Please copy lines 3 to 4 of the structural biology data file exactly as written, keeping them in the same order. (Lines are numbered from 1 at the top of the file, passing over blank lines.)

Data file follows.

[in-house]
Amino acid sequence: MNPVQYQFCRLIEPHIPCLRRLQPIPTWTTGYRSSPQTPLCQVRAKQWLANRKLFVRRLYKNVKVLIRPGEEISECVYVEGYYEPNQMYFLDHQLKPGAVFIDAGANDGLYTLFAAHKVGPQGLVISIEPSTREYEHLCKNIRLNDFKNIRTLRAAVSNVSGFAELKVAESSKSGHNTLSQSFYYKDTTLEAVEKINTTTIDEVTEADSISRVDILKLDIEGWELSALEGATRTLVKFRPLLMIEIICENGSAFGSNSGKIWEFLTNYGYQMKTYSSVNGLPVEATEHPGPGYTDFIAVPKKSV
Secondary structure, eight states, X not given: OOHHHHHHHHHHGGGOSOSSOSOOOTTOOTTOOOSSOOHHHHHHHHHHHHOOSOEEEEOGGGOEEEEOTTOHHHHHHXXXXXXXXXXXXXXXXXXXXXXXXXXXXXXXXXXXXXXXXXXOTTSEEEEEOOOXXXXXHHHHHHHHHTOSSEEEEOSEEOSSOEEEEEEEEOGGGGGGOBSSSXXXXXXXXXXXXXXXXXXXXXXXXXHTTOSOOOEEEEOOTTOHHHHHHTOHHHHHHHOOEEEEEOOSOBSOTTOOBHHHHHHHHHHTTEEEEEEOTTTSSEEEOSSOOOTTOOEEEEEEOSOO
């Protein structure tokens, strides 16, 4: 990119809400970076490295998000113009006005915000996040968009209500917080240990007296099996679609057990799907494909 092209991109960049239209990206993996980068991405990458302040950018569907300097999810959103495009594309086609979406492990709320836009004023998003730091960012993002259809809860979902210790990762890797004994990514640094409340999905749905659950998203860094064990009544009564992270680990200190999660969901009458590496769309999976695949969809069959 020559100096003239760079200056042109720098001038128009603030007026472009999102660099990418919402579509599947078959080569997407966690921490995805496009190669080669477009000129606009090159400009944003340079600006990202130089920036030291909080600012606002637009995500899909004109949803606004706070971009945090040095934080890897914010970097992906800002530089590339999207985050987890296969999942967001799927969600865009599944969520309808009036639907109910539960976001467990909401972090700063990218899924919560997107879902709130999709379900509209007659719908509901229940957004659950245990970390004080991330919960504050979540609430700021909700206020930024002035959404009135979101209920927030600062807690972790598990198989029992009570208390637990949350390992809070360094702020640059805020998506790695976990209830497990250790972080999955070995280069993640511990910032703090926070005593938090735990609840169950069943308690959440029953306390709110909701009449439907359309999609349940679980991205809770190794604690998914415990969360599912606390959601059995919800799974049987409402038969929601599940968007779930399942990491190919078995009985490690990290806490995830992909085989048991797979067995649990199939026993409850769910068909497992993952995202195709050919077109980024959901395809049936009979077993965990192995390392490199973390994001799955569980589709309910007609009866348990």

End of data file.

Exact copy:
Secondary structure, eight states, X not given: OOHHHHHHHHHHGGGOSOSSOSOOOTTOOTTOOOSSOOHHHHHHHHHHHHOOSOEEEEOGGGOEEEEOTTOHHHHHHXXXXXXXXXXXXXXXXXXXXXXXXXXXXXXXXXXXXXXXXXXOTTSEEEEEOOOXXXXXHHHHHHHHHTOSSEEEEOSEEOSSOEEEEEEEEOGGGGGGOBSSSXXXXXXXXXXXXXXXXXXXXXXXXXHTTOSOOOEEEEOOTTOHHHHHHTOHHHHHHHOOEEEEEOOSOBSOTTOOBHHHHHHHHHHTTEEEEEEOTTTSSEEEOSSOOOTTOOEEEEEEOSOO
């Protein structure tokens, strides 16, 4: 990119809400970076490295998000113009006005915000996040968009209500917080240990007296099996679609057990799907494909 092209991109960049239209990206993996980068991405990458302040950018569907300097999810959103495009594309086609979406492990709320836009004023998003730091960012993002259809809860979902210790990762890797004994990514640094409340999905749905659950998203860094064990009544009564992270680990200190999660969901009458590496769309999976695949969809069959 020559100096003239760079200056042109720098001038128009603030007026472009999102660099990418919402579509599947078959080569997407966690921490995805496009190669080669477009000129606009090159400009944003340079600006990202130089920036030291909080600012606002637009995500899909004109949803606004706070971009945090040095934080890897914010970097992906800002530089590339999207985050987890296969999942967001799927969600865009599944969520309808009036639907109910539960976001467990909401972090700063990218899924919560997107879902709130999709379900509209007659719908509901229940957004659950245990970390004080991330919960504050979540609430700021909700206020930024002035959404009135979101209920927030600062807690972790598990198989029992009570208390637990949350390992809070360094702020640059805020998506790695976990209830497990250790972080999955070995280069993640511990910032703090926070005593938090735990609840169950069943308690959440029953306390709110909701009449439907359309999609349940679980991205809770190794604690998914415990969360599912606390959601059995919800799974049987409402038969929601599940968007779930399942990491190919078995009985490690990290806490995830992909085989048991797979067995649990199939026993409850769910068909497992993952995202195709050919077109980024959901395809049936009979077993965990192995390392490199973390994001799955569980589709309910007609009866348990």